WASHINGTON – Maryland remains among the wealthiest states in the nation, ranking third in median household income, and 15 of the state’s counties rank higher than the national average, according to the U.S. Census Bureau.
The numbers for 2003, the newest released by the Census Bureau, show that Howard County has the highest median household income in the state and ranks eighth in the nation at $79,455. Los Alamos County, N.M., is first in the nation with $93,089.
Montgomery County is second in Maryland and 11th nationally at $76,546. The national median is $43,318.
There were no significant changes in the income levels of the state, although Carroll County surpassed Frederick as the state’s fourth wealthiest. Calvert had the highest median income gain between 2002 and 2003, adding $2,187.
Baltimore City continues to rank last in the state with a median income of $29,066.
High income doesn’t necessarily mean anything if the cost of living is also high, said Chris Foster, deputy secretary of the Maryland Department of Business and Economic Development. While housing prices in Maryland are high, the cost of living has not negated its high income level.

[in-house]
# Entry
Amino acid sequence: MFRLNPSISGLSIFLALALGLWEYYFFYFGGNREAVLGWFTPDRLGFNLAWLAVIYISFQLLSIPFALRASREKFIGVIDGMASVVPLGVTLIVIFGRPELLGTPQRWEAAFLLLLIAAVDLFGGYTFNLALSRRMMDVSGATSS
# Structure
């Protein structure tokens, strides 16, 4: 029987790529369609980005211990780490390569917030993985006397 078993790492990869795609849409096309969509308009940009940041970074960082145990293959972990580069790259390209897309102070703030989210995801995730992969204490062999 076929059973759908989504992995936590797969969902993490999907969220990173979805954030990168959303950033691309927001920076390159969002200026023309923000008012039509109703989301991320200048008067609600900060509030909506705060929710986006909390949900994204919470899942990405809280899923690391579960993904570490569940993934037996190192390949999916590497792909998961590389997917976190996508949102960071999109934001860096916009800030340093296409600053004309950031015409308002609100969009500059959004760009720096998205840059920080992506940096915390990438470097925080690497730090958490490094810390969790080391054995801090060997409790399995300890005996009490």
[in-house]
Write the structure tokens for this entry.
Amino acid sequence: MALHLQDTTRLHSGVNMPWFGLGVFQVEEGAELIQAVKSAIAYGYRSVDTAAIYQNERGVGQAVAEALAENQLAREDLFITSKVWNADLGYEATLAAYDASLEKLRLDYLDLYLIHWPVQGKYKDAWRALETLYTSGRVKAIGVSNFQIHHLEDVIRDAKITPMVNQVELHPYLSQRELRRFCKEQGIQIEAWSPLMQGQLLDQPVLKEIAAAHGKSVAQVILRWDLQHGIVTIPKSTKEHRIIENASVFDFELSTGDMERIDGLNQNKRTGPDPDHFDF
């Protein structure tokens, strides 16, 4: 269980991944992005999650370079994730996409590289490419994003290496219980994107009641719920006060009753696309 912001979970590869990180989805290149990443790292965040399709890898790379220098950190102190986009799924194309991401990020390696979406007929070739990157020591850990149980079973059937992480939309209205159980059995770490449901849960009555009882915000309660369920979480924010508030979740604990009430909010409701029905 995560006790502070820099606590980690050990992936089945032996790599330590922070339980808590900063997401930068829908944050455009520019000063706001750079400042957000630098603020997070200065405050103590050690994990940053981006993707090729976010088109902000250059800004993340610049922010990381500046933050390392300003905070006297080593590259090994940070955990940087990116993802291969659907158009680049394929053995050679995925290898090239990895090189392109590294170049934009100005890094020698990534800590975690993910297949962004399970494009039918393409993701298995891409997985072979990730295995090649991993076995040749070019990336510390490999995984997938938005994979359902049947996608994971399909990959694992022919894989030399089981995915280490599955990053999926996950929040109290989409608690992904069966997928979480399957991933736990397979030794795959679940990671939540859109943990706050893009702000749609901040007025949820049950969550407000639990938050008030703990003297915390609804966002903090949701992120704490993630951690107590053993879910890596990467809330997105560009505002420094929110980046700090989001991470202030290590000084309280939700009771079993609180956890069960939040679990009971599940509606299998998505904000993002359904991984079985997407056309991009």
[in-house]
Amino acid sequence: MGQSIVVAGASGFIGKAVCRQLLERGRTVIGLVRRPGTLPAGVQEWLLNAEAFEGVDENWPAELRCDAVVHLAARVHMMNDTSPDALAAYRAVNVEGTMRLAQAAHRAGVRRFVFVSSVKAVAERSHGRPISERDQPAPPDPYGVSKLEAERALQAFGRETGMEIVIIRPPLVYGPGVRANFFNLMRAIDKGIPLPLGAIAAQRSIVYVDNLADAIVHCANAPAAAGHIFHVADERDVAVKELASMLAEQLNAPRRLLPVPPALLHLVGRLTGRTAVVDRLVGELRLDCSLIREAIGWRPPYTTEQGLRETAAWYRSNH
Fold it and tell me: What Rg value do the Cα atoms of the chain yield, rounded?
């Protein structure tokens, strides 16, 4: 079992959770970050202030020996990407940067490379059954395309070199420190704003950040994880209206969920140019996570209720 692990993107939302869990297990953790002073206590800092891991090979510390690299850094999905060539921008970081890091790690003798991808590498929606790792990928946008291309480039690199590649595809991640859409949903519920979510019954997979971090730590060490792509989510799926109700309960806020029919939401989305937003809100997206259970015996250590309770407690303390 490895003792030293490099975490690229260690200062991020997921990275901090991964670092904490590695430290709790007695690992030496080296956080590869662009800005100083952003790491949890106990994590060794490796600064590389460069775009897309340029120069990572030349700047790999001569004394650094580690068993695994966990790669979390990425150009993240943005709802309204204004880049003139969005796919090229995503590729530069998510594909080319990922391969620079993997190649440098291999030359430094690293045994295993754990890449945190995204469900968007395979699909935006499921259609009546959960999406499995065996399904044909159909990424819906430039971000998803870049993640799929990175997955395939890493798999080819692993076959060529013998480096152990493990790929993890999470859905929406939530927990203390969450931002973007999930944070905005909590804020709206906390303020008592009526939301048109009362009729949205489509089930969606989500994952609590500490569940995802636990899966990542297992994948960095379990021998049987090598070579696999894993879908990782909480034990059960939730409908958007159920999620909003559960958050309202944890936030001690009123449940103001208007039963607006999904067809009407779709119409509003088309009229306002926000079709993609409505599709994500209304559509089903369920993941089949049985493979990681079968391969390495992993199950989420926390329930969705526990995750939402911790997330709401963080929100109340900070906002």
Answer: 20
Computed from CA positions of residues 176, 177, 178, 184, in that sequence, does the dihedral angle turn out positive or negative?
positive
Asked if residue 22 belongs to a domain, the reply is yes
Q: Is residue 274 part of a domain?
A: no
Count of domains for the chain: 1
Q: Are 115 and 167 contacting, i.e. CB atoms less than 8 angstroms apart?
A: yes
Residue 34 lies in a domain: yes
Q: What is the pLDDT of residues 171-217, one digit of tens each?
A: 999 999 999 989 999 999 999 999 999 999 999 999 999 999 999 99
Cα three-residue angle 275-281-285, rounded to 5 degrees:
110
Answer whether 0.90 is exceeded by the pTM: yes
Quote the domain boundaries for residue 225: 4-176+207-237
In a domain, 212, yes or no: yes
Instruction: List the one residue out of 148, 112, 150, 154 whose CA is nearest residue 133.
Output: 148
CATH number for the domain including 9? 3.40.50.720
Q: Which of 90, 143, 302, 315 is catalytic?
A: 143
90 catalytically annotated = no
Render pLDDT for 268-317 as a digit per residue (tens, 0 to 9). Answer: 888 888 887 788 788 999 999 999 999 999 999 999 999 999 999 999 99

For Maryland, “it’s great news,” he said. “Wages have outpaced the costs.”
The federal government and defense are major economic contributors, Foster said, and that will grow as base closures in other states send thousands of jobs to Maryland.
Howard County has attracted families over the years because of its location between Baltimore and Washington, its good school system, low crime rate and available public services, said Jim Robey, county executive.
The wealth in Maryland simply means there are a lot of residents commanding a higher salary, he said.
High income, however, doesn’t mean there are no problems.
“Land value is escalating,” Robey said, as the demand for homes causes the prices to spike. “What do you do for moderate-priced housing?”
The county is also short on public transportation, he said, which is needed to attract business and workers.
The high income level means more businesses want to move to Howard County, said Pamela Klahr, president of the county’s Chamber of Commerce, and there are more funds to spend on public services and schools.
There is also more money being spent in general, she said, and business in the area is booming.
The wealthiest counties in Maryland also have the most residents working outside the county. Only 38 percent of Howard County residents work in the county – the lowest in the state, according to the Census Bureau.
Washington has the second-highest increase in daytime population in the nation, as more than 400,000 people commute to the city to work.